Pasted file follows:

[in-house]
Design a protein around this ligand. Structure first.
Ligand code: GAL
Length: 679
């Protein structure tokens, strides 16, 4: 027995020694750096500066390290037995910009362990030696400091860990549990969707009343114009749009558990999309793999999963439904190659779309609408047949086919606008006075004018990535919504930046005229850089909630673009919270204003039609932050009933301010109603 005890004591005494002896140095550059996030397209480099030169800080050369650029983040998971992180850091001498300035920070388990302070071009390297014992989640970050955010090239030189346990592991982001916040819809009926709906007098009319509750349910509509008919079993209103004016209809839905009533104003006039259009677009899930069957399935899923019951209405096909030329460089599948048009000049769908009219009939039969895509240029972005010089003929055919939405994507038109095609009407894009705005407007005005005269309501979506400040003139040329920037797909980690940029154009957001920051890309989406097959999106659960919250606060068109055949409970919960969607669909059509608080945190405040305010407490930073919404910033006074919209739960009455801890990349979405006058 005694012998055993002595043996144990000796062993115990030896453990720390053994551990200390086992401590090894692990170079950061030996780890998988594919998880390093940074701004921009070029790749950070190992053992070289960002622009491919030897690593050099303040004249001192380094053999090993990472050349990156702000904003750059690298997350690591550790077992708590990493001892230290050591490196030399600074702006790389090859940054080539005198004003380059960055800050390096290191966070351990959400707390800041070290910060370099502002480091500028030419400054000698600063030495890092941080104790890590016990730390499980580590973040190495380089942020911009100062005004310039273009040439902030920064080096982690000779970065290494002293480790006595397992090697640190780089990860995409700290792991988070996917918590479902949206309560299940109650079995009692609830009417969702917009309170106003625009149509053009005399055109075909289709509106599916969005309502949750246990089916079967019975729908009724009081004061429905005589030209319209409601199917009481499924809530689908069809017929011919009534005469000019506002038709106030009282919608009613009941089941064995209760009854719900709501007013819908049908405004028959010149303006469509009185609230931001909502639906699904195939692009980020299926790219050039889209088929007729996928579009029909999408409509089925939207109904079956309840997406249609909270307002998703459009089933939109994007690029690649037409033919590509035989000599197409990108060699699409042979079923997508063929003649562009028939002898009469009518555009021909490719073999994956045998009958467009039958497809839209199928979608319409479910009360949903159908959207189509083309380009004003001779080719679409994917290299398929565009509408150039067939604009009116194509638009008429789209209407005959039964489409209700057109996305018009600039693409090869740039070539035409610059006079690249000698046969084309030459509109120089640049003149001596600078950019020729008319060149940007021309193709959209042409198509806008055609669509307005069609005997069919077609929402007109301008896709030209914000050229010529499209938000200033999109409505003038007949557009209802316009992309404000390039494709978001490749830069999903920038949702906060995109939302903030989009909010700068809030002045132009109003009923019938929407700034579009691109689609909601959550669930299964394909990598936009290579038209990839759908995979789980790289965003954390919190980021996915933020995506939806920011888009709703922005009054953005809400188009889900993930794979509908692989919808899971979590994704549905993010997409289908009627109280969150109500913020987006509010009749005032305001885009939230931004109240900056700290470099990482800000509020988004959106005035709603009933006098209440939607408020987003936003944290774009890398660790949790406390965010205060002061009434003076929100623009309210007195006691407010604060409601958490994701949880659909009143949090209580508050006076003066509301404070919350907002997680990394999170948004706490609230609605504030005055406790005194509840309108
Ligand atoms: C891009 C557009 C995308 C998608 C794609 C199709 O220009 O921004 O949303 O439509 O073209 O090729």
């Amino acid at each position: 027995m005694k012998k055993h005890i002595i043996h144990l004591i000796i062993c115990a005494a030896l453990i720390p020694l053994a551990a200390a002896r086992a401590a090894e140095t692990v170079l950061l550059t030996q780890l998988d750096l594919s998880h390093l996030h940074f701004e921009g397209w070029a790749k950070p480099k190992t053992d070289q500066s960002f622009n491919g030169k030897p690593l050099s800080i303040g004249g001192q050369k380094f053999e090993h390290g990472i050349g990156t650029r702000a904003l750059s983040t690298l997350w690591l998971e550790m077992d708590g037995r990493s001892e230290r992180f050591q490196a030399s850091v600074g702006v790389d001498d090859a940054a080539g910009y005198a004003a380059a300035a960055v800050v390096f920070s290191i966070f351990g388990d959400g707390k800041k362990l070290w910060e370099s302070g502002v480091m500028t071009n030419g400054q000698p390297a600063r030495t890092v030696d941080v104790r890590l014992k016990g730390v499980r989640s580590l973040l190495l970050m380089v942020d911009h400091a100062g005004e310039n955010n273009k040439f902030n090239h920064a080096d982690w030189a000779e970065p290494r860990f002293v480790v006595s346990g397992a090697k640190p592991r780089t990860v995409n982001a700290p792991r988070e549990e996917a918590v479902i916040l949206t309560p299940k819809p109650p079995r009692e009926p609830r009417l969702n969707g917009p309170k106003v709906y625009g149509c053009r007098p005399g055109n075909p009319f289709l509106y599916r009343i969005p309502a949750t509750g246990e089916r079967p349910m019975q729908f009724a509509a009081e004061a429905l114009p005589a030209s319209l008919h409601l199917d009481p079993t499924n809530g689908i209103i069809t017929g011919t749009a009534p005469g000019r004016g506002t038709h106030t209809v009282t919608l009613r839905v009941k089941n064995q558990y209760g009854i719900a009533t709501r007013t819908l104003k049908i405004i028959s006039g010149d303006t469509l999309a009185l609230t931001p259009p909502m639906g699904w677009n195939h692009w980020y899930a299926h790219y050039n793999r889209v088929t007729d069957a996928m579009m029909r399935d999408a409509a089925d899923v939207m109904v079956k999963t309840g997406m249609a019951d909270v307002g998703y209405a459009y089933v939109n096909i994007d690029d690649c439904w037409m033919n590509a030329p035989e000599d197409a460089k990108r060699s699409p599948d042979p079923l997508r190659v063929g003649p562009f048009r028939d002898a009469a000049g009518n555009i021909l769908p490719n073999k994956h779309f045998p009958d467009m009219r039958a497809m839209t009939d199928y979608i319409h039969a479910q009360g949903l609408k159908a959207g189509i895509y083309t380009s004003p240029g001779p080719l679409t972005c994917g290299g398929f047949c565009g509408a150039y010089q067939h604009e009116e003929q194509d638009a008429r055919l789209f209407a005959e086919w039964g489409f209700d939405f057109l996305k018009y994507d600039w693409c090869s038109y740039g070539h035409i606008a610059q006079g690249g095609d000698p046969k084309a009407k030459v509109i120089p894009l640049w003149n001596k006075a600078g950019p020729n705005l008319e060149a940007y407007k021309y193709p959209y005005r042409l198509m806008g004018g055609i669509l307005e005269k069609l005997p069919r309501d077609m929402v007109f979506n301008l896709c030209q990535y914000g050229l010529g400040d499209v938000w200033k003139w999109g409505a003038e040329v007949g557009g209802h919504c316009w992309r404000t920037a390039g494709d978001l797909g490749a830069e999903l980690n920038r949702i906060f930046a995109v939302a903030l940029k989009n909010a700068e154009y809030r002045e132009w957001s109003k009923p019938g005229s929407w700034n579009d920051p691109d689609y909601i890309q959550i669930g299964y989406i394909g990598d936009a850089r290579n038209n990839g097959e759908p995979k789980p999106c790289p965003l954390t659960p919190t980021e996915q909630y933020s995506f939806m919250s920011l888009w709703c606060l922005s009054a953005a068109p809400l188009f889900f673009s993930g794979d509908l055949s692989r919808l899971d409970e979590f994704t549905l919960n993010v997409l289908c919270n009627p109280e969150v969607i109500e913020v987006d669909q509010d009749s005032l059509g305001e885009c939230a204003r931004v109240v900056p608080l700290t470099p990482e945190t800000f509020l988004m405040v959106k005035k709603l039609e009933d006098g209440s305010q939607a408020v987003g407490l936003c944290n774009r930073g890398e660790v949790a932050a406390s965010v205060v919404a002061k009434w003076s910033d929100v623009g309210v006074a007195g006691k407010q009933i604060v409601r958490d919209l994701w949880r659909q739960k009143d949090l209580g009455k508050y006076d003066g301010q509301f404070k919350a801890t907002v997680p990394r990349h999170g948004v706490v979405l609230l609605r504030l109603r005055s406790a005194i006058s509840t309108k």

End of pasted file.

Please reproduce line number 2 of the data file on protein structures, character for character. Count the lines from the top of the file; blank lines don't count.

Design a protein around this ligand. Structure first.